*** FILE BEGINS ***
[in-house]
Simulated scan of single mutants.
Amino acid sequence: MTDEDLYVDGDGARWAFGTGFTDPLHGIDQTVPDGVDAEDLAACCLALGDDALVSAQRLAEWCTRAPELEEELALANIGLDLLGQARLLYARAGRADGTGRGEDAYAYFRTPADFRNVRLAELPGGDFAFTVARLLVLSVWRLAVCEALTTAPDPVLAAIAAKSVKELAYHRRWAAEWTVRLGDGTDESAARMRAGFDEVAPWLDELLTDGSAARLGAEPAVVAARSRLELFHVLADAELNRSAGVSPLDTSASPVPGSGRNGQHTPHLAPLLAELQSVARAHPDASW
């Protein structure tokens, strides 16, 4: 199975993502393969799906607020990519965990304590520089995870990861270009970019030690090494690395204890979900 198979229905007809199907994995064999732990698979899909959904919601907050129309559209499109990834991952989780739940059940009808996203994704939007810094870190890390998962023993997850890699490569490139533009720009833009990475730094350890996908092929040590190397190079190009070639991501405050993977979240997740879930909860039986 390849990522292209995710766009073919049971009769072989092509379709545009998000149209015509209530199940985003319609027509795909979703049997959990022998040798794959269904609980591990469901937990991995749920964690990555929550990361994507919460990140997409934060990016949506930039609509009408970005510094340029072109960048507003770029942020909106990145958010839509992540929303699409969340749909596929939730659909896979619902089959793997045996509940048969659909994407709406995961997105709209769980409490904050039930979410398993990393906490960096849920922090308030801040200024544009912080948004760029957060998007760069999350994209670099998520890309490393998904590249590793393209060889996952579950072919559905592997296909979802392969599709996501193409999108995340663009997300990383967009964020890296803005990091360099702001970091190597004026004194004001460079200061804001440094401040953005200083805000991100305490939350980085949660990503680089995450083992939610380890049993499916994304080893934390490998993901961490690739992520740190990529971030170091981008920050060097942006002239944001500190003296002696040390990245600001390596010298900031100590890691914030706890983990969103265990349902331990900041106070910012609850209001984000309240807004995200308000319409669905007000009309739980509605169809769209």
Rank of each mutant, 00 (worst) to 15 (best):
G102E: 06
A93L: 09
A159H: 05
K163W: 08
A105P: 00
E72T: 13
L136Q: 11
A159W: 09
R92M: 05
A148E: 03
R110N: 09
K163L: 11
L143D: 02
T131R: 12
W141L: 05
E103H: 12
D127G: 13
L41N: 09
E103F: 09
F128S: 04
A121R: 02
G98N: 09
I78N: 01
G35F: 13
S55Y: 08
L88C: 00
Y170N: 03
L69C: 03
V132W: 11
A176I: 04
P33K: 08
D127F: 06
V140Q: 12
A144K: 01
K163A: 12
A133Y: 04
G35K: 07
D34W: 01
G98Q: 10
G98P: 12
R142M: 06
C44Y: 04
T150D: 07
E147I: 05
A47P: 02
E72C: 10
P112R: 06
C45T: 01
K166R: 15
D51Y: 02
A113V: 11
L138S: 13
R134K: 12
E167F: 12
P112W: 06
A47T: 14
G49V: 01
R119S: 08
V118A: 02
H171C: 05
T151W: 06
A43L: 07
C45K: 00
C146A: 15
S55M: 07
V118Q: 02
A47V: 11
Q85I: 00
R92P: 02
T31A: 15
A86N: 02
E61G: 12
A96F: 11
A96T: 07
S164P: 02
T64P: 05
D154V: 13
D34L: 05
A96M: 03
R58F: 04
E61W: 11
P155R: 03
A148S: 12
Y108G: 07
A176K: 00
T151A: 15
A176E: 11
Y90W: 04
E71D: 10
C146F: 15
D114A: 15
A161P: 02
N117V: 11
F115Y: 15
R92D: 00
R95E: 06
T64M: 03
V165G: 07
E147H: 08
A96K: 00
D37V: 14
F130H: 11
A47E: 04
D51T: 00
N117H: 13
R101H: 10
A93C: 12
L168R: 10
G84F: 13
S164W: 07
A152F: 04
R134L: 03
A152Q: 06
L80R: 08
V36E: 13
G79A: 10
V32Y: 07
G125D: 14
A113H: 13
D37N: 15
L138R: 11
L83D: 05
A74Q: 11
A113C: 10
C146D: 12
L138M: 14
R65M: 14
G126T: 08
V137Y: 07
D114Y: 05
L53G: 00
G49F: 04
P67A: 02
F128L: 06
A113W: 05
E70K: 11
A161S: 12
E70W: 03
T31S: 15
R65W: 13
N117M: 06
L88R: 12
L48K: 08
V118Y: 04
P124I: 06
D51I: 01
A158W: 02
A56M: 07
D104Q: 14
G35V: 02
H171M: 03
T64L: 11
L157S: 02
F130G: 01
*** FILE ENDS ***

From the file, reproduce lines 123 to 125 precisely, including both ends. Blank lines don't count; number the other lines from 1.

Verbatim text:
G125D: 14
A113H: 13
D37N: 15